Servant'? It was a relationship like that.

"Went back to Buffalo for three months to get my high-school degree, sold all my possessions, came back to New York with a few hundred dollars, and checked into the Bond Hotel, on Chambers Street, $22 week. Finally I found this apartment, and that hustler kid introduced me to (artist and musician) Jean-Michael Basquiat, and everything flew from there.

"It wasn't like George Clooney or any other bullshit actor wants to tell you about their starving,
struggling days. That's all bullshit. To me, it was fun, hanging out with some of the coolest people in all the cool clubs. It was wonderful, intense, really intense. It was just that nobody had any money. Nobody got big. Except maybe Madonna.

"Being big," said Vincent Gallo, sitting there in his Stanley Kowalski undershirt in the
six-foot-square kitchen of his little white-on-white, Quaker-style apartment, "just means
you have impact. And if you can do something with it, it's exciting.

"I'd always thought money was the big thing in my life, and then I suddenly realized that I might be
dying any day and that you can win the money thing and lose the impact.

"Marcel Duchamp had impact, very sophisticated impact, the best kind. He's my favorite artist."

Yes, Vincent, and he quit as an artist at the height of it all.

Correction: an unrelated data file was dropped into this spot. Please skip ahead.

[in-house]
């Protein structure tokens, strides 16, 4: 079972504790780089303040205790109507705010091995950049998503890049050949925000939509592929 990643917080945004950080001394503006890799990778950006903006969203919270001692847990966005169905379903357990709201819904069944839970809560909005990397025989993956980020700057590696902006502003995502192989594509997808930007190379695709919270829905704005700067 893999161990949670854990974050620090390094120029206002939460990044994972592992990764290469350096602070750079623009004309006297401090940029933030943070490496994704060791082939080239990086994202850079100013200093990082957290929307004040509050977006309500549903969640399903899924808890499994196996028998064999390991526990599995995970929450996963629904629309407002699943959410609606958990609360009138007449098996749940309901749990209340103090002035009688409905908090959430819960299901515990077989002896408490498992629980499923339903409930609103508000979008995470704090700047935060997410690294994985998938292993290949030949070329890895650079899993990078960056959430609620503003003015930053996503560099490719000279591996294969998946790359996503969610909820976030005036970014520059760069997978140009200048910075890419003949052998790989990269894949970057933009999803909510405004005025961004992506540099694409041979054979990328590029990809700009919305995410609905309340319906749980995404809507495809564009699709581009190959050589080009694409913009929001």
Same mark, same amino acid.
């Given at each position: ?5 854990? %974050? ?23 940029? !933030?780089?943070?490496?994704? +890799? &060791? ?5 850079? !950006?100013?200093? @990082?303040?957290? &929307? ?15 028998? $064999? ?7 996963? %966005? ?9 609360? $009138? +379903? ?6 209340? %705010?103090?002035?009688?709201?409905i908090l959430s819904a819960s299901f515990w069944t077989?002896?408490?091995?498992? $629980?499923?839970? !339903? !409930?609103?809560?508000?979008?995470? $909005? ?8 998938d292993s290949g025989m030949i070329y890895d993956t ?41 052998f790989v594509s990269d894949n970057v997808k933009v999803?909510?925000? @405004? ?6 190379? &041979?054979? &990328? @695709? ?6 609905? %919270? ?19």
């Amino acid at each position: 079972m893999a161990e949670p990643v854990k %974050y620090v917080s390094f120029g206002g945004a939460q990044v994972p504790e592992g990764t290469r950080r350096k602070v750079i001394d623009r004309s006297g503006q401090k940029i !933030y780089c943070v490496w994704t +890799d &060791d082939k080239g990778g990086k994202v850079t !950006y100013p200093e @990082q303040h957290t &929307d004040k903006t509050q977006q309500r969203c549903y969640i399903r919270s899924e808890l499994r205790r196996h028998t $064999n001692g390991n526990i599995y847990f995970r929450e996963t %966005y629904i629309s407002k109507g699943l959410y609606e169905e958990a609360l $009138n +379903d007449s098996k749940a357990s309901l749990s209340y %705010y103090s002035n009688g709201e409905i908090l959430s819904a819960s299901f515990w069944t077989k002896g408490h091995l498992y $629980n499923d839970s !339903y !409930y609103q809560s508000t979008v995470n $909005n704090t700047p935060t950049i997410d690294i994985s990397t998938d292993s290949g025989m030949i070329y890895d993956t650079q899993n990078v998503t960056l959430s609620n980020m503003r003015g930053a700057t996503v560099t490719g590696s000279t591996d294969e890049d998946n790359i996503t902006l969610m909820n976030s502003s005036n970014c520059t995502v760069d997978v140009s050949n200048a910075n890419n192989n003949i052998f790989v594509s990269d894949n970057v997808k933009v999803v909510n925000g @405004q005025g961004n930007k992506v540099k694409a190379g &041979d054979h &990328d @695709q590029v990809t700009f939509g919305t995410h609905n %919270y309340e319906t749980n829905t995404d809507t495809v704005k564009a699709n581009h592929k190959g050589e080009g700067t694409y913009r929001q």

"Yeah. I think if Rauschenberg and Jasper John had quit like that, it would have been better for both
of them."

Gallo isn't quitting, not yet. He's trying to raise the money for a movie to be called "The Brown Bunny" -  if he can have the ironclad guarantee of "one-million percent" creative control.

"I still want money, but not at the risk of losing impact. That's why I can't  make a bad second film," he says, fist hitting kitchen table. "Because then 'Buffalo '66' is wiped out."

All he'll say about "The Brown Bunny" is that it's about two brothers who drive across the country to see a girl. "It's a really dark, tragic story."


          The Brown Bunny stars
   Vincent Gallo and Chloe Sevigny

Did it really happen?

"No. But again, like 'Buffalo '66,' it's related to my own emotional tragedy. Again, catharsis."